It’s surprising to see a little indie game take on the big challenge of addressing the damsel in distress trope that has been a large point of discussion in video game culture lately. But when it’s done this well it’s hardly a complaint that Dokuro’s developers have done just that.
Dokuro is a puzzle platformer game. Each level moves from left to right with the objective being to keep the princess alive until she reaches the flower at the end of the level. If either the skeletal hero you’re in control of or the princess he is protecting are struck by anything, your then sent back to retry the level. Like all puzzle games, there is a steady stream of new techniques and abilities that are introduced to the player, which come together at the end of each world in a way that tests everything you had previously learnt. Puzzles range from stepping on levers to adjust movable platforms, to drawing lines with chalk to connect objects to each other and making paths for the princess to cross. There are also enemies that will attack both Dokuro and the princess. Some worlds end in a boss battle, but these are puzzles themselves rather than all-out combat affairs.
For most of the game, you play as an skeleton, Dokuro, who is invisible to the princess (with the strong implication that he’s not seen because she simply ignores him), but, undeterred by this, decides to assist the her in escaping though the castle she is behind held captive within. In a cruel twist of fate, it’s possible for Dokuro to drink a potion that temporarily transforms him into a dashing prince, which the princess does notice fools the princess into thinking that he is her hero. It’s heartbreaking to witness the princess’ expression when she sees the prince, only to be filled with despair when Dokuro returns to his true form.
Presentation, albeit basic, is charming, with an overall charcoal aesthetic. Colour is used sparingly to highlight important objects or form part of the puzzles. The princess is always illuminated in a soft, feminine yellowish pink, where enemies are shaded in hard, unpleasant colours. Dokuro himself, when transformed into the prince the game is washed with a blue hue. The use of such traditional colours to emphasise each character’s role plays a significant role in Dokuro’s subversive theme – it’s a narrative of facades and the ugly realities that exist underneath. But we are simply left to ponder the realities of all the other characters in the narrative – if Dokuro is something pitiful when he’s not resplendent as the blue, male, alpha hero, what is the reality of the princess underneath her pink glamour, and are the enemies as “red” underneath their exteriors? These are questions worth pondering as you play through.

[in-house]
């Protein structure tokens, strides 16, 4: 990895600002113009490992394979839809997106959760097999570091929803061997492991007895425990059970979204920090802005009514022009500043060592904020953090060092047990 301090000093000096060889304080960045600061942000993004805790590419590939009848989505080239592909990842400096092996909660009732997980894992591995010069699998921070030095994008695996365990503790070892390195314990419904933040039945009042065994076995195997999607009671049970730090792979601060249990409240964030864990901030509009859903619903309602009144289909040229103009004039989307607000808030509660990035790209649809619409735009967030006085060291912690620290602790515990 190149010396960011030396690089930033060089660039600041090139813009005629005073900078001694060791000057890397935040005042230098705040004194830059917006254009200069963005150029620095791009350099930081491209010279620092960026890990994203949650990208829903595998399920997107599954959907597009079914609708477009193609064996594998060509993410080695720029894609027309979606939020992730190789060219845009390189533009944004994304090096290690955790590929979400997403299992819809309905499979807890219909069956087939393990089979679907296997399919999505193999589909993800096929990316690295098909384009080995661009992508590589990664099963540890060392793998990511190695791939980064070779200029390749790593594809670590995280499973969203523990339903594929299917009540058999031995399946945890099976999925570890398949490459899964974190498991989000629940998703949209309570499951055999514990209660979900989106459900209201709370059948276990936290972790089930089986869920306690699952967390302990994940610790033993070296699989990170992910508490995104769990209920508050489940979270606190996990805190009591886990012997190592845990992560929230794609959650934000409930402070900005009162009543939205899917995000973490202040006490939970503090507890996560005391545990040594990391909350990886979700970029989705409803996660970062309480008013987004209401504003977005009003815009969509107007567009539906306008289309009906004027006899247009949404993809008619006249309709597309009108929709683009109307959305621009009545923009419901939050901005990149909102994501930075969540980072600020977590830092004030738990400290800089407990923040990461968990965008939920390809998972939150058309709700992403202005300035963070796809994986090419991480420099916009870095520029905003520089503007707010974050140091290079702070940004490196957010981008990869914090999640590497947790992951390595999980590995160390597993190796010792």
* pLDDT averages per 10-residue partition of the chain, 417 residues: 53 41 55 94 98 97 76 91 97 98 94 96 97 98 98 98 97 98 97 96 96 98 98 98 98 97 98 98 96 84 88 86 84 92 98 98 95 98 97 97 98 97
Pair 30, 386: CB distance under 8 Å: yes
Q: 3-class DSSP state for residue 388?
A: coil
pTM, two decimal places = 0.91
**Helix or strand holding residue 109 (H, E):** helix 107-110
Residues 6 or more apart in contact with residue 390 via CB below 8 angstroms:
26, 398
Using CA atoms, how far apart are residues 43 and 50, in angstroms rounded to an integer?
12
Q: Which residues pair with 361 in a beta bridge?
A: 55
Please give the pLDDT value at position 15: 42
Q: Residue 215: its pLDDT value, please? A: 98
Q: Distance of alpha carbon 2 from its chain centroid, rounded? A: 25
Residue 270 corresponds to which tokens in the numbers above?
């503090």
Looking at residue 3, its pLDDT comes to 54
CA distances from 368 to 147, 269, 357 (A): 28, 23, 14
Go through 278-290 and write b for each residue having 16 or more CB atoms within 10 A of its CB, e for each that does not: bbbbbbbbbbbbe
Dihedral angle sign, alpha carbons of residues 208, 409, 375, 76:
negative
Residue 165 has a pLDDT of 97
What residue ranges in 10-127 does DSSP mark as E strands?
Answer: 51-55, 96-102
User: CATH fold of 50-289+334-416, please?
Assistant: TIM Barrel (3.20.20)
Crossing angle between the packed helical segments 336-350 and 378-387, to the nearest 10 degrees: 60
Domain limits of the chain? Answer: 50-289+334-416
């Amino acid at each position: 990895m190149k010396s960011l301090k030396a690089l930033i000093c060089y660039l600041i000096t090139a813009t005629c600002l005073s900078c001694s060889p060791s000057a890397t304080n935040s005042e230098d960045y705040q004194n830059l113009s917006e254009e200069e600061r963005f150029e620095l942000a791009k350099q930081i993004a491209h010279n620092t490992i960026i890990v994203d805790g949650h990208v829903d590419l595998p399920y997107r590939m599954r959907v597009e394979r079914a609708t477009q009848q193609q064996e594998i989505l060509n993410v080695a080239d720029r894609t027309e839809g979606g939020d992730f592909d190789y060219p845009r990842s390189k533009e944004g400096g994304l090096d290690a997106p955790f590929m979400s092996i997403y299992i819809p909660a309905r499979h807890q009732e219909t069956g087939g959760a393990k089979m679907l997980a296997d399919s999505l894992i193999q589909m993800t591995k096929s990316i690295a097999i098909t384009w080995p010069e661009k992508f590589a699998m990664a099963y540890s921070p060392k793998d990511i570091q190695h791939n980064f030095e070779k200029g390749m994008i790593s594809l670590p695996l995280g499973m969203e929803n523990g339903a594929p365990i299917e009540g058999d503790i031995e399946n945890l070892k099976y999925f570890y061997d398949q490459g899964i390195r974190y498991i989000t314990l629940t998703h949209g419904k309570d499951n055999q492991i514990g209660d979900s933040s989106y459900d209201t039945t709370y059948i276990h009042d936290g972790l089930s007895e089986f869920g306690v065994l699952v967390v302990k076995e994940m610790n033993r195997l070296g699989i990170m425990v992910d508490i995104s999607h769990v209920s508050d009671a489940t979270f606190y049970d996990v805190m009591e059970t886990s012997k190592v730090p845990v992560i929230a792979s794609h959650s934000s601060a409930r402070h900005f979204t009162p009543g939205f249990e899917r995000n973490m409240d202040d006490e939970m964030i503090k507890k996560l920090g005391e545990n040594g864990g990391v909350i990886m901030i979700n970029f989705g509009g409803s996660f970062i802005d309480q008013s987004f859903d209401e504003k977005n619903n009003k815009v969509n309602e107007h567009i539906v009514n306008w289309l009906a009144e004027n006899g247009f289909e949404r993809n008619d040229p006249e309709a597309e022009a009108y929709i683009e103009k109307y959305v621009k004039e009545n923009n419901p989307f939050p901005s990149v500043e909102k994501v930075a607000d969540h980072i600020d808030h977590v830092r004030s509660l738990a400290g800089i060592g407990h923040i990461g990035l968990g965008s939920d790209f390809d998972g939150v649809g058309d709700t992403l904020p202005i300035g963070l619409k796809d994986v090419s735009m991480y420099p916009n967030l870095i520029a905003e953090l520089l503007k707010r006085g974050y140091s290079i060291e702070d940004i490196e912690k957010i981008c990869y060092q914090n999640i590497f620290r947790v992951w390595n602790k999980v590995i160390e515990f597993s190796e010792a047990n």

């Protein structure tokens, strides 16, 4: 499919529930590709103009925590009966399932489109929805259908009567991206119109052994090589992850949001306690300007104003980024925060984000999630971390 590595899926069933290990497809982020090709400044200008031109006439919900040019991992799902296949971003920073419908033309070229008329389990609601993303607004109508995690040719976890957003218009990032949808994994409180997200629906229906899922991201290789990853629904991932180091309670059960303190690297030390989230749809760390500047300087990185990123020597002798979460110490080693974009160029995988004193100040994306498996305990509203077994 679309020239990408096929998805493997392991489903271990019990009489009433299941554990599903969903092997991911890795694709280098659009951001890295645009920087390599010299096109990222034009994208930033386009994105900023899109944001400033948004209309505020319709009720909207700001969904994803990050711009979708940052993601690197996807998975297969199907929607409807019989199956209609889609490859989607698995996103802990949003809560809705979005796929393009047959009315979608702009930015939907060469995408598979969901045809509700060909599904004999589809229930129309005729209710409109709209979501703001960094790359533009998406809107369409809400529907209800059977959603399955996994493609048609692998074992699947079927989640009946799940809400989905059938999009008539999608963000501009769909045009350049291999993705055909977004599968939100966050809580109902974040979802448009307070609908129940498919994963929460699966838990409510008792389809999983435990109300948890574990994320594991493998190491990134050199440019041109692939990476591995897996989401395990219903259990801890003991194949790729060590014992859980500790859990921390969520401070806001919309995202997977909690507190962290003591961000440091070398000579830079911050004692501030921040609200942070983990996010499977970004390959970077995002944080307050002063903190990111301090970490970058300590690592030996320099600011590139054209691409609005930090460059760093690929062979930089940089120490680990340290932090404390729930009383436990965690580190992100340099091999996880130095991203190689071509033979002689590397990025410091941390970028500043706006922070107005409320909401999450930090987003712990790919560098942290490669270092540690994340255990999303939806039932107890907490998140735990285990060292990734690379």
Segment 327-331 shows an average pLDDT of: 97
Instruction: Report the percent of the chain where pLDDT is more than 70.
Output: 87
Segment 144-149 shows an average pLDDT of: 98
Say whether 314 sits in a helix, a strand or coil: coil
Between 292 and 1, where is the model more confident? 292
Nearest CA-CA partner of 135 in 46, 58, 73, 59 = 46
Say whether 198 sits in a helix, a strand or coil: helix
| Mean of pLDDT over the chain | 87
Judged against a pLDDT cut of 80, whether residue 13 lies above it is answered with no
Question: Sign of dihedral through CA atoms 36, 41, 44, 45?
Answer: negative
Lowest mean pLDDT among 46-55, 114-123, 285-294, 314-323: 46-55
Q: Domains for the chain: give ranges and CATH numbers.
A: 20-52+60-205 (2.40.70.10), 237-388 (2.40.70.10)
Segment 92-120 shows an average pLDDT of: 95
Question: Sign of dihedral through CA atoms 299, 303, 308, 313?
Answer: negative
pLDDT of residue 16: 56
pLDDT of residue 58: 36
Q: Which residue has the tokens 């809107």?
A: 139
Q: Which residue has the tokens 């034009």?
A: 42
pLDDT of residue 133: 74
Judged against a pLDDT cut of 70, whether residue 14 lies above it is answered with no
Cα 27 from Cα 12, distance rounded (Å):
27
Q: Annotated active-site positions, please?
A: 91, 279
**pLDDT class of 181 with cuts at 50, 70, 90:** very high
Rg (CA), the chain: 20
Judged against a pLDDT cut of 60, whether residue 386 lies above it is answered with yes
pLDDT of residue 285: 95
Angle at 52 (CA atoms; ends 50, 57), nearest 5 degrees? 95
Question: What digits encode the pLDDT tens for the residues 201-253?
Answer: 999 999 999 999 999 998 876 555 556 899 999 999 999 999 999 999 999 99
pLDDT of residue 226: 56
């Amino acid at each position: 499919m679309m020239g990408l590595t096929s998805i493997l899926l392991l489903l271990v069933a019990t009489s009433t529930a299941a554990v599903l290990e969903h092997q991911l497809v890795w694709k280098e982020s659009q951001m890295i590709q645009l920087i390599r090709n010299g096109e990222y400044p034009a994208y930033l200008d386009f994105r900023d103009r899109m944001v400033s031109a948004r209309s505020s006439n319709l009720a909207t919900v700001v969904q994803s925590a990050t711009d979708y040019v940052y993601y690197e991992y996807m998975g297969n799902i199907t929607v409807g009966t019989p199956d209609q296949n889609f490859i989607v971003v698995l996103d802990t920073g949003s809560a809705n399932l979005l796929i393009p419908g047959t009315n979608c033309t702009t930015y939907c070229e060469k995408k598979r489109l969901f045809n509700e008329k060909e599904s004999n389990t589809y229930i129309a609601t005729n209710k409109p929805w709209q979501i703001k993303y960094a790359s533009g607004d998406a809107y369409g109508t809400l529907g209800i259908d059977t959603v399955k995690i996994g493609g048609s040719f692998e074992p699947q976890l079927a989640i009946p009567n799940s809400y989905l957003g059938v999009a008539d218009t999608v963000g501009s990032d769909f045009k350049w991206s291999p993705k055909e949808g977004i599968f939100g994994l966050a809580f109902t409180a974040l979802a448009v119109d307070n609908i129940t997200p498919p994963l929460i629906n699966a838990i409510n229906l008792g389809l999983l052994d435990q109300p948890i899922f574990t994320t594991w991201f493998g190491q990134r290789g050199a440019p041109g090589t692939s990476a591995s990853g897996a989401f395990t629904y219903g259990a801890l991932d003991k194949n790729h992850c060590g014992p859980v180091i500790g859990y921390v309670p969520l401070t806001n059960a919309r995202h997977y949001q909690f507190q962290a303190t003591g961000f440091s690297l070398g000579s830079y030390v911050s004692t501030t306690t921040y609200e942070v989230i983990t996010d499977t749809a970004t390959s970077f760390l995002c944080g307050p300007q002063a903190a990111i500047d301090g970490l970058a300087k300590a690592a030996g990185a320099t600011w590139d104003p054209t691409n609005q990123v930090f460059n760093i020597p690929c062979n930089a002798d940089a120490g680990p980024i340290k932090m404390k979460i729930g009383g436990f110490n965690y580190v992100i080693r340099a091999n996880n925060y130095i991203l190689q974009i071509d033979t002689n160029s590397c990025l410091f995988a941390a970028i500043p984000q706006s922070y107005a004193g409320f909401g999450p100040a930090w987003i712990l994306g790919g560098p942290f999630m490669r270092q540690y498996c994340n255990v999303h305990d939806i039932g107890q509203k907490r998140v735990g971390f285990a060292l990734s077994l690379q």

What’s starting to get incredibly frustrating about a lot of Steam releases is that some developers assume that a game suited to a mobile device can seamlessly be played on a computer. Understandably, Steam games can be played on a growing number of portable platforms, but for many who still game through a desktop computer, mobile game formats simply do not fit. It could be an amazing game to play on a phone or a portable game console, but having to boot up your machine and the game when it’s designed for 10-15 minute sessions at a time is unwieldy. The reason mobile games, especially puzzle games, have a large amount of levels, is to keep of bringing players back for a few minutes whenever they have the time available. Dokuro does not really fit on PC for this reason.
That being said, it is a very clever little puzzle game that tries to add something through commentary that lifts it well beyond standard puzzle platformer fare. If PC is the only way you have to play Dokuro, then it’s worth a go anyway.
– Sam M.